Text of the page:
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UNIT 15.2 Some Phenotype Association Tools in Galaxy: Looking for Disease SNPs in a Full Genome

  1. Belinda M. Giardine,
  2. Cathy Riemer,
  3. Richard Burhans,
  4. Aakrosh Ratan,
  5. Webb Miller

Published Online: 1 SEP 2012

DOI: 10.1002/0471250953.bi1502s39

Current Protocols in Bioinformatics

Current Protocols in Bioinformatics

How to Cite

Giardine, B. M., Riemer, C., Burhans, R., Ratan, A. and Miller, W. 2012. Some Phenotype Association Tools in Galaxy: Looking for Disease SNPs in a Full Genome. Current Protocols in Bioinformatics. 39:15.2:15.2.1–15.2.27.

Author Information

  1. Pennsylvania State University, University Park, Pennsylvania

Publication History

  1. Published Online: 1 SEP 2012

Introduction

  1. Top of page
  2. Introduction
  3. Basic Protocol 1: Using Galaxy to Look for Disease SNPs in a Full Genome: Preparing Input Data
  4. Basic Protocol 2: Selecting Known Coding SNPs Predicted to be Damaging, then Finding Their Genes and Associated Pathways
  5. Basic Protocol 3: Running New Predictions of Coding SNPs Likely to be Detrimental
  6. Basic Protocol 4: Finding SNPs that Fall in Suspected Functional Regions
  7. Guidelines for Understanding Results
  8. Commentary
  9. Literature Cited
  10. Internet Resources
  11. Supplementary File

Galaxy (http://galaxyproject.org; Giardine et al., 2005; Blankenberg et al., 2010; Goecks et al., 2010) is a software framework that provides Web-based tools for bioinformatics, including tasks useful in the analysis of human variation. The developers maintain a public server at Penn State, and the software is also freely available for local installation and customization. Galaxy is highly extensible, so as new tools become available (not necessarily written specifically for Galaxy), they can be added to increase the power and flexibility of the system.

This unit focuses on some of the tools available on the public Galaxy server that are useful for exploring possible associations between human genetic variants and phenotypes. We trace step-by-step through an example illustrating several methods for examining a single full-coverage genome to look for single-nucleotide polymorphisms (SNPs) that are either known to be associated with disease or suspected to have impact for other reasons. It makes use of public genomic data, tools designed specifically for working with variants, and also some general tools for text manipulation and operations on genomic coordinates. A version of this tutorial is also available in HTML format (see Internet Resources, below). For a more basic introduction to using Galaxy in general, please see unit 10.5, “Using Galaxy to Perform Large-Scale Interactive Data Analyses.”

For this example, we will use an artificial dataset consisting of the SNP calls from the Complete Genomics genome GS12880 (Drmanac et al., 2009) with a few known disease variants added. This will provide a realistic background to search for the disease SNPs, but not necessarily a realistic collection of disease SNPs for a single individual to have. We chose an assortment of six SNPs from the PhenCode database (Giardine et al., 2007), representing different genes and different parts of the gene (Table 15.2.1). There are two coding SNPs (heterozygous) and four non-coding (one heterozygous and three homozygous). The four non-coding SNPs are located in a promoter region, a UTR, and two introns.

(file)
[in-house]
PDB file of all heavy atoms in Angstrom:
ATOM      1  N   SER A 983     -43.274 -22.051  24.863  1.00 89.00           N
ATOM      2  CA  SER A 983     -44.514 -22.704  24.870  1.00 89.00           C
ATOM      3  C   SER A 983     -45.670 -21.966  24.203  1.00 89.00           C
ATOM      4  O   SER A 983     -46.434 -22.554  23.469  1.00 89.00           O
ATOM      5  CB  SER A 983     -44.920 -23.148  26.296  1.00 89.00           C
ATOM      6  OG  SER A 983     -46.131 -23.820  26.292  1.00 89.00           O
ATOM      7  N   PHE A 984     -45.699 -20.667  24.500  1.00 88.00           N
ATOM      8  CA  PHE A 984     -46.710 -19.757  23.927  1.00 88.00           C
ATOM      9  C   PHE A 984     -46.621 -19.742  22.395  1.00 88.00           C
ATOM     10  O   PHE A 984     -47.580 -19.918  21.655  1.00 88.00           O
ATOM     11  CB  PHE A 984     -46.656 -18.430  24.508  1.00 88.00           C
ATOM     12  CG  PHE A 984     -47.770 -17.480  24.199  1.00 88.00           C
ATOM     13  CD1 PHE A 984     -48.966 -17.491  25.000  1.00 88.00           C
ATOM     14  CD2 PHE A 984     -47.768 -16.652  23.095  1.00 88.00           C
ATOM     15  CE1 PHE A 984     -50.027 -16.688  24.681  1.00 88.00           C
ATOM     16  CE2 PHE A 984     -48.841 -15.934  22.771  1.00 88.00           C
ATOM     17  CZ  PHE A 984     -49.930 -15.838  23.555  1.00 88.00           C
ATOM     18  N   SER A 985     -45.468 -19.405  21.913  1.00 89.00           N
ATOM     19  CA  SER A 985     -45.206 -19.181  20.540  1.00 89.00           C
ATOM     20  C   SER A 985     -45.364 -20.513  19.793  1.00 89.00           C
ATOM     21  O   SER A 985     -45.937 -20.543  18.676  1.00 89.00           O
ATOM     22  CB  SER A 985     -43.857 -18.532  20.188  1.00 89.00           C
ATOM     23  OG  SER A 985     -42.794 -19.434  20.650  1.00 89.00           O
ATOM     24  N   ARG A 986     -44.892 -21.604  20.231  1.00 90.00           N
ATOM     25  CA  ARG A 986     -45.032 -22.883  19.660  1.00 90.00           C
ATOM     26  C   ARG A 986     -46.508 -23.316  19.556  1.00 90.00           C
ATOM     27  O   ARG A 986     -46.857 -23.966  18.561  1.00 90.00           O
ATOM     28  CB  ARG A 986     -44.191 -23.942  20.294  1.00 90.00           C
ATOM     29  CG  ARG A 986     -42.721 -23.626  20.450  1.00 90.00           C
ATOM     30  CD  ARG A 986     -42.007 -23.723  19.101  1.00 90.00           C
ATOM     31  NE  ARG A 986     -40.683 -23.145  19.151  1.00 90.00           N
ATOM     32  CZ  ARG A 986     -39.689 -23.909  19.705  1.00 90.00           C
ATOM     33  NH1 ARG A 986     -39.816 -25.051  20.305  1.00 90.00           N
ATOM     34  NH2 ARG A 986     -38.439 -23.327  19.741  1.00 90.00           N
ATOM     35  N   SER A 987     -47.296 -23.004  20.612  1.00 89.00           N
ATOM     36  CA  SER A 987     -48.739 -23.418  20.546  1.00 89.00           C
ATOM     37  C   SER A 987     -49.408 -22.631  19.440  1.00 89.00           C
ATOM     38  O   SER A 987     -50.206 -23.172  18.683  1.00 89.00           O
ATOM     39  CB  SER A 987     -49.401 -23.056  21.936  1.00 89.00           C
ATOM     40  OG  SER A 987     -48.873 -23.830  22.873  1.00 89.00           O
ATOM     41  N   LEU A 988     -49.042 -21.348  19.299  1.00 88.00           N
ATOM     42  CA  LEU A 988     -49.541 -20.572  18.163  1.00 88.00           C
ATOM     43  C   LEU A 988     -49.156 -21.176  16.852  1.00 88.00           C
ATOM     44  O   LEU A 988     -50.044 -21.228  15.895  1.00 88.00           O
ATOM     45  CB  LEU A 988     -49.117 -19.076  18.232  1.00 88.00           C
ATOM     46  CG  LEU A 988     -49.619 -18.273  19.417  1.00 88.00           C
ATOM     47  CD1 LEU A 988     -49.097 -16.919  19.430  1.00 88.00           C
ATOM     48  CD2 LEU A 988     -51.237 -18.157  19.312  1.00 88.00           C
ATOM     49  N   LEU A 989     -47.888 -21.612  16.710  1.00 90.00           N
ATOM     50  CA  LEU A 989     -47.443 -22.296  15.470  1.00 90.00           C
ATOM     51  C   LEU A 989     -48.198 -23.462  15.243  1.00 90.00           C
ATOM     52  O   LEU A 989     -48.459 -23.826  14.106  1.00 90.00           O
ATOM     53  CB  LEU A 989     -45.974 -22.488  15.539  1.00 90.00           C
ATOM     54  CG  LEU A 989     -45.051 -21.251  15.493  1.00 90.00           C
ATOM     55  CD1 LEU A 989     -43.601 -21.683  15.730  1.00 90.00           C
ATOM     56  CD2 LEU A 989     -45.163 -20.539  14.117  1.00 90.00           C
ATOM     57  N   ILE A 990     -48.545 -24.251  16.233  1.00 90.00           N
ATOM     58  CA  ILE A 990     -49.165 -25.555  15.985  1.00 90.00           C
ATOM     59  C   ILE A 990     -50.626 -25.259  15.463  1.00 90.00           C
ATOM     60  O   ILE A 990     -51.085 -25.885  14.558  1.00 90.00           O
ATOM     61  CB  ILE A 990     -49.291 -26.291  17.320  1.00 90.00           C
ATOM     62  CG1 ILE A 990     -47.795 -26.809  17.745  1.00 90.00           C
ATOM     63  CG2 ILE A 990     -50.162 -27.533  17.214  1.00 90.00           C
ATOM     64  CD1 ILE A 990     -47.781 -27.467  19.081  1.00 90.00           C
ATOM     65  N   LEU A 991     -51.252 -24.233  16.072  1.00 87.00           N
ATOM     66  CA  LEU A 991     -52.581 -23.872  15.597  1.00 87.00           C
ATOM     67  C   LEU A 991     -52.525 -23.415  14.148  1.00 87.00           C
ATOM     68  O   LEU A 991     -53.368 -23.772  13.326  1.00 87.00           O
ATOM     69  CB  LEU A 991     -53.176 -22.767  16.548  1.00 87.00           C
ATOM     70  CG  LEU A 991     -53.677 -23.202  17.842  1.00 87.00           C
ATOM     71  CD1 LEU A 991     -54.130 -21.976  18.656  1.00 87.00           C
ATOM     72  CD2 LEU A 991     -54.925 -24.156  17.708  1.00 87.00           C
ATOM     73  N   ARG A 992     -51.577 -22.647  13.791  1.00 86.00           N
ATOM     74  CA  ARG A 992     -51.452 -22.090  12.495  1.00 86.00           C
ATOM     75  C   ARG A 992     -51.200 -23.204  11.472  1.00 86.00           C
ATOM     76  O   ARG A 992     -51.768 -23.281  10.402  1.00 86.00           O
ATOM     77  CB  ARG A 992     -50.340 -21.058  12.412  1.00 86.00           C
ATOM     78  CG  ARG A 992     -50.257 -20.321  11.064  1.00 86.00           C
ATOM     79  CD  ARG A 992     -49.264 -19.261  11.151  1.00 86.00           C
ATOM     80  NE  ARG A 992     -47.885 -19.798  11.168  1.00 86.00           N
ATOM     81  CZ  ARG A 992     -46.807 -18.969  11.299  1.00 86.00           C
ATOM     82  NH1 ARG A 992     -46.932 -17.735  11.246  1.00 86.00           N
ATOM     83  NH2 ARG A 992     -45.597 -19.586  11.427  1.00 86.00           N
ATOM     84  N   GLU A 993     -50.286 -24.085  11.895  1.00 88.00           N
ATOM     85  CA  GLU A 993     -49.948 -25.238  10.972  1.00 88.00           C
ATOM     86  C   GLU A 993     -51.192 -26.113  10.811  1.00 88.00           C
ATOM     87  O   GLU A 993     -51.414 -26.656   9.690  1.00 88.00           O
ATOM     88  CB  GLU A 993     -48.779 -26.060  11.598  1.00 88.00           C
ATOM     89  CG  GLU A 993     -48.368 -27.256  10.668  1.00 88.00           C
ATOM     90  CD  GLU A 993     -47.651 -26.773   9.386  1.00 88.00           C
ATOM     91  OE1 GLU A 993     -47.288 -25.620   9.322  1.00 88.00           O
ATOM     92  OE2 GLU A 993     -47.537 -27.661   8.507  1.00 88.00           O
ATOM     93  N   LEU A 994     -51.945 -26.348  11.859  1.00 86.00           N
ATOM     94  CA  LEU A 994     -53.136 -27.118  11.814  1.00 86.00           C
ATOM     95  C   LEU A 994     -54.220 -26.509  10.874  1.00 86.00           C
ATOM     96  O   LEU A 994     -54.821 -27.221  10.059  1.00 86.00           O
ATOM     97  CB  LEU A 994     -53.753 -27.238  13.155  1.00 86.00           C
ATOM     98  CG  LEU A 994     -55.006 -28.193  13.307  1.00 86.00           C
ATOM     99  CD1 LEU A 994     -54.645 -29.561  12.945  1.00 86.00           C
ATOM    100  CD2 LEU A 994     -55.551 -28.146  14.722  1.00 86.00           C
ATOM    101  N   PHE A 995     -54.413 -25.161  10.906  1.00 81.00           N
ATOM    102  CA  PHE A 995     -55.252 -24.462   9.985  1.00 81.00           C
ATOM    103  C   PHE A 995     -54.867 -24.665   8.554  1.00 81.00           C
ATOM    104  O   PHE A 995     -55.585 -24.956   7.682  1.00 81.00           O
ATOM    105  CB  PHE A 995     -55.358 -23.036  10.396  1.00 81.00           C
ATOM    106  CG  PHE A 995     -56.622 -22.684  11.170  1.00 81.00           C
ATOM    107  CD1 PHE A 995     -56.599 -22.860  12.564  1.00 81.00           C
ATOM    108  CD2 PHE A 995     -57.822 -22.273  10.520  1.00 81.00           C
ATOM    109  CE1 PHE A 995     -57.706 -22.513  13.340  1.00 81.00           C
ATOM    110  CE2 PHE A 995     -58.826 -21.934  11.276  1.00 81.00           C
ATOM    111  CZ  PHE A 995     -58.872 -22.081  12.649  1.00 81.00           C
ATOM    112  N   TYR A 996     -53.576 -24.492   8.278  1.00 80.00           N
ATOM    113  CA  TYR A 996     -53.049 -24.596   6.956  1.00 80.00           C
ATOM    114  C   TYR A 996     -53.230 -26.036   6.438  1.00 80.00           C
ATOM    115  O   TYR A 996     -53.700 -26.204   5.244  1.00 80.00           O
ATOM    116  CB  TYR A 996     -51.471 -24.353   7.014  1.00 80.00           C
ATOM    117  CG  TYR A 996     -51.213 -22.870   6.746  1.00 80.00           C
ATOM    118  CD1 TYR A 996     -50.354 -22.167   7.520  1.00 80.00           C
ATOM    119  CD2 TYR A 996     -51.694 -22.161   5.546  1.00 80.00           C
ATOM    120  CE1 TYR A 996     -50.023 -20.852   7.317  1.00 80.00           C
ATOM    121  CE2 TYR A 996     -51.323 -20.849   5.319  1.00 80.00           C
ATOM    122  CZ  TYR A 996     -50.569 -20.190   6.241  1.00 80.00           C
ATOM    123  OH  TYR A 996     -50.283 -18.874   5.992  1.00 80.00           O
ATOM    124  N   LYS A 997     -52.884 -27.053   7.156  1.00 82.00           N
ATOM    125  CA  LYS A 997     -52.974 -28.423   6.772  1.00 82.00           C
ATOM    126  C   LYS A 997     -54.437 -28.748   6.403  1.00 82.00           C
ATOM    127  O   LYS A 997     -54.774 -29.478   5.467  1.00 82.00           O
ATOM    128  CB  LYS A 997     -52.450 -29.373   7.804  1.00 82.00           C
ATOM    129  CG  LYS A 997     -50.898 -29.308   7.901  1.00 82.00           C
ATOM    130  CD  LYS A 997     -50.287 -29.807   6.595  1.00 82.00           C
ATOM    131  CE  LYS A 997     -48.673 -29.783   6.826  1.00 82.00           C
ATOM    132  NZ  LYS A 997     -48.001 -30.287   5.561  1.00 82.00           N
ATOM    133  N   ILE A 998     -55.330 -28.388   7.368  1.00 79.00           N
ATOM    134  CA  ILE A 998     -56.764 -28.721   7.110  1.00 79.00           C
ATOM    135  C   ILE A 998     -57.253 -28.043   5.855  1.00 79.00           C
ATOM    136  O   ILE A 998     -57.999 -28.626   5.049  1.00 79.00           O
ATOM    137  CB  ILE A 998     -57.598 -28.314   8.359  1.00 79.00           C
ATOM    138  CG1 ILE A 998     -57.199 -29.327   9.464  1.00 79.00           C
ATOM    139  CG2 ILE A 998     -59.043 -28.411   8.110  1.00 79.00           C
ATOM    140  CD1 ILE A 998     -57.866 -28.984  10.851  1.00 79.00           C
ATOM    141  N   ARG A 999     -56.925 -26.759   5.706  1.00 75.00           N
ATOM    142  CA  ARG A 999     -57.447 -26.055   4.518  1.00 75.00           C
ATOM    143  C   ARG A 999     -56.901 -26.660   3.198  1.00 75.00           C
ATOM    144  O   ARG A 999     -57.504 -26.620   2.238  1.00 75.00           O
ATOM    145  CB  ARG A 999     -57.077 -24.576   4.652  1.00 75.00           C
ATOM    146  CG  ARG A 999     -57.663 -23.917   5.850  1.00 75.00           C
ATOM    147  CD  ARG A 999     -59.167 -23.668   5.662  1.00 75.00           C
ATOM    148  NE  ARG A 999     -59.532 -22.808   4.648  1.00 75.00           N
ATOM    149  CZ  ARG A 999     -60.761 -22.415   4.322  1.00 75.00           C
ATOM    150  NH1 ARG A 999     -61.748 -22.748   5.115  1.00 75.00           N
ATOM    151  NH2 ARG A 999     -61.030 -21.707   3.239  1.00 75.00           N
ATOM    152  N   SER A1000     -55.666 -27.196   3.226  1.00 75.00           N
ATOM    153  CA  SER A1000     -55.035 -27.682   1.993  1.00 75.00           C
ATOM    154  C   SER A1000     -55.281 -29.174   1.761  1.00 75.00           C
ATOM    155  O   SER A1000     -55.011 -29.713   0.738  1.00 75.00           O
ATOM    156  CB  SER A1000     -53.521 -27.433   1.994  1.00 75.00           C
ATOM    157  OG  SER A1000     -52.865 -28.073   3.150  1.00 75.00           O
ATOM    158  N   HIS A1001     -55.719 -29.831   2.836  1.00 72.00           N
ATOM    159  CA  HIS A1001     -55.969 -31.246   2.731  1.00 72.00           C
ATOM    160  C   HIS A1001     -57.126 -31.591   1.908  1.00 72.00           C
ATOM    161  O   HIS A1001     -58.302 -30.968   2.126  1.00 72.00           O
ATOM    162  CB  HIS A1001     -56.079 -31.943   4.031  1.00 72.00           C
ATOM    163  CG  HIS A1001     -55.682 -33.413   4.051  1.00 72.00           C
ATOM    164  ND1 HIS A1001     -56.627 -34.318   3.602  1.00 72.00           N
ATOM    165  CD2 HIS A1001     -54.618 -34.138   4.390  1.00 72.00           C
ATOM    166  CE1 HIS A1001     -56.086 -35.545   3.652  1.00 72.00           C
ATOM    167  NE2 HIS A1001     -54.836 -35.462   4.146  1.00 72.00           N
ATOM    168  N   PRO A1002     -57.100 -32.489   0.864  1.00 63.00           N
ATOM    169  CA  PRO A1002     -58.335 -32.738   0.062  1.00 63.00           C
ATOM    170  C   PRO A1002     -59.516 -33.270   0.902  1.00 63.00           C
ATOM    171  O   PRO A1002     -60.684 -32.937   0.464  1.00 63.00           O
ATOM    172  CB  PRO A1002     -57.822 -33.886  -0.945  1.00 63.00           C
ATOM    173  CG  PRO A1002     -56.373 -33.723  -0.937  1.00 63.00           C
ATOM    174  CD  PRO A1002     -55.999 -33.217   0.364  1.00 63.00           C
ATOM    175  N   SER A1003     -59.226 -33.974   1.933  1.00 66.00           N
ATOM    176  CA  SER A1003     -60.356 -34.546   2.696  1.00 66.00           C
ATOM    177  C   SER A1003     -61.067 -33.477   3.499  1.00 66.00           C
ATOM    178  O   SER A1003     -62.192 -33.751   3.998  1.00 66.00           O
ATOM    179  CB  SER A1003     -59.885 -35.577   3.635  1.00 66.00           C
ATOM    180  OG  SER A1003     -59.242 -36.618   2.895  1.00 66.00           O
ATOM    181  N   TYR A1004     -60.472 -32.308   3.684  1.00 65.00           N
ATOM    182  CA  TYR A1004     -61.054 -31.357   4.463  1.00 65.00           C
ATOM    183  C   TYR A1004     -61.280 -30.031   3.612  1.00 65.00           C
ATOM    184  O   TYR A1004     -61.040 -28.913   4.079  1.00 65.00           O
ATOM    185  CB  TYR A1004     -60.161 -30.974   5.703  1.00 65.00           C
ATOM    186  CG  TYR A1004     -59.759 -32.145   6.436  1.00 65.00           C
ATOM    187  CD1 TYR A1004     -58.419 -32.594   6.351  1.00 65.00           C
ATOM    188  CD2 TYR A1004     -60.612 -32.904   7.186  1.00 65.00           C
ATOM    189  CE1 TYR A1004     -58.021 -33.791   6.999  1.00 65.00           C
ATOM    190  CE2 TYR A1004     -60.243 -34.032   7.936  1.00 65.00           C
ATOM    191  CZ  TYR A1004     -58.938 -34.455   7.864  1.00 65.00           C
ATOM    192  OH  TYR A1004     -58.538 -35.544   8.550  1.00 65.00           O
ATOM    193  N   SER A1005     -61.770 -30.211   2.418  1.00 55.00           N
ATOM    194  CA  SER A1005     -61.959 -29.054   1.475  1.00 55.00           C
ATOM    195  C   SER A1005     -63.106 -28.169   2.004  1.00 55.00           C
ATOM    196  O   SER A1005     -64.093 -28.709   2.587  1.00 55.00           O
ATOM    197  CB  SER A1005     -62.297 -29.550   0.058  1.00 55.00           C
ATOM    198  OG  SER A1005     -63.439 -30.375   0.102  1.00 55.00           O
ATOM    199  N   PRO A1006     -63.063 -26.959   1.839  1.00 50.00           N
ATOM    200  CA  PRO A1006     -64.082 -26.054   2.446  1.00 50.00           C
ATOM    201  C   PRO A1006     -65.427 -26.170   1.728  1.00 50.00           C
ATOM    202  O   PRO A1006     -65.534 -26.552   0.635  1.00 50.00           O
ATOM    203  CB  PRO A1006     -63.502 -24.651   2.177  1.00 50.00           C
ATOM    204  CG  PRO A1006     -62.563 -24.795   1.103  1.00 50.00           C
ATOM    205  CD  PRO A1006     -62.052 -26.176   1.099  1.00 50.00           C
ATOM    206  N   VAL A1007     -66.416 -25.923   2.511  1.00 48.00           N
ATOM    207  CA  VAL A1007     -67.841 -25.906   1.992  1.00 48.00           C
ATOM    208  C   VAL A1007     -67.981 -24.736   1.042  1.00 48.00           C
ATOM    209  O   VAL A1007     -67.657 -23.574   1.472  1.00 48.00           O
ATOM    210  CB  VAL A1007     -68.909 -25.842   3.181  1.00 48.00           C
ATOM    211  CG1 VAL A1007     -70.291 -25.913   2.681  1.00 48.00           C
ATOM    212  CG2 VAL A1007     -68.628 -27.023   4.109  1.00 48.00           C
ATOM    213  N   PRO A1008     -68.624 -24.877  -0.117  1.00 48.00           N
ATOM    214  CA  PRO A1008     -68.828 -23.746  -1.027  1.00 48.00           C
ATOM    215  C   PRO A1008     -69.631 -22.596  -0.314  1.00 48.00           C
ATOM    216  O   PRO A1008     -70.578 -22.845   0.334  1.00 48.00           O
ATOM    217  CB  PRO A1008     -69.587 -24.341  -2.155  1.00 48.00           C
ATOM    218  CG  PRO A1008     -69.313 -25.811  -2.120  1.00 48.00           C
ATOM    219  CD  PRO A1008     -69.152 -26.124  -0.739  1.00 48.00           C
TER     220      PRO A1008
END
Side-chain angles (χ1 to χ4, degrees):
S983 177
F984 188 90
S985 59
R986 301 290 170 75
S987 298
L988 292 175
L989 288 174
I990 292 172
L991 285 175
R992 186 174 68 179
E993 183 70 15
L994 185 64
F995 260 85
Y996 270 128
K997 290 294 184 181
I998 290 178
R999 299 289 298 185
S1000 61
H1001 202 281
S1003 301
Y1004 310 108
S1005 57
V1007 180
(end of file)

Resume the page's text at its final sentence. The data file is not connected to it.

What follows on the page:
Table 15.2.1. Disease SNPs Planted in the Sample Dataseta
chr1152481535248154GIntronHbVar:thalassemia
  1. a

    The position of the SNP is given here using the same coordinate conventions as in BED format, to match what is seen in the results. The last column shows the database the SNP is from and the associated disease.

chr1152557435255744CUTRHbVar:thalassemia
chr1152758795275880C/TCodingHbVar:Hb E
chr16222915222916T/CCodingHbVar:Hb Lyon-Bron
chrX3127977931279780T/CIntronLMDp:muscular dystrophy
chrX100641248100641249GPromoterBTKbase:Agammaglobulinemia

This example builds a single sequential history, but it is organized into several protocols according to the type of analysis being performed. These illustrate the following skills.

Basic Protocol 1: Preparing input data
  • Uploading files

  • Using Galaxy libraries

  • Basic filtering

Basic Protocol 2: Selecting known coding SNPs predicted to be damaging, then finding their genes and associated pathways
  • PolyPhen-2

  • Gene-based analysis

Basic Protocol 3: Running new predictions of coding SNPs likely to be detrimental
  • SIFT

  • Using published workflows

Basic Protocol 4: Finding SNPs that fall in suspected functional regions
  • Predicted regulatory regions

  • ENCODE functional data

  • PhyloP conserved positions

Conventions Used in Figures (Screen Shots) for Tutorial Purposes

Red arrows or boxes on the screen shots indicate settings or things you will need to do. Green arrows indicate the “go” buttons once the settings or parameters are selected. Blue arrows or boxes point out additional information that you should note, but that do not require any action.

Basic Protocol 1: Using Galaxy to Look for Disease SNPs in a Full Genome: Preparing Input Data

  1. Top of page
  2. Introduction
  3. Basic Protocol 1: Using Galaxy to Look for Disease SNPs in a Full Genome: Preparing Input Data
  4. Basic Protocol 2: Selecting Known Coding SNPs Predicted to be Damaging, then Finding Their Genes and Associated Pathways
  5. Basic Protocol 3: Running New Predictions of Coding SNPs Likely to be Detrimental
  6. Basic Protocol 4: Finding SNPs that Fall in Suspected Functional Regions
  7. Guidelines for Understanding Results
  8. Commentary
  9. Literature Cited
  10. Internet Resources
  11. Supplementary File

Overview

  • Start with a full set of SNP calls from a particular individual, in the masterVar format used by Complete Genomics.

  • Upload the file to a Galaxy history via URL or FTP.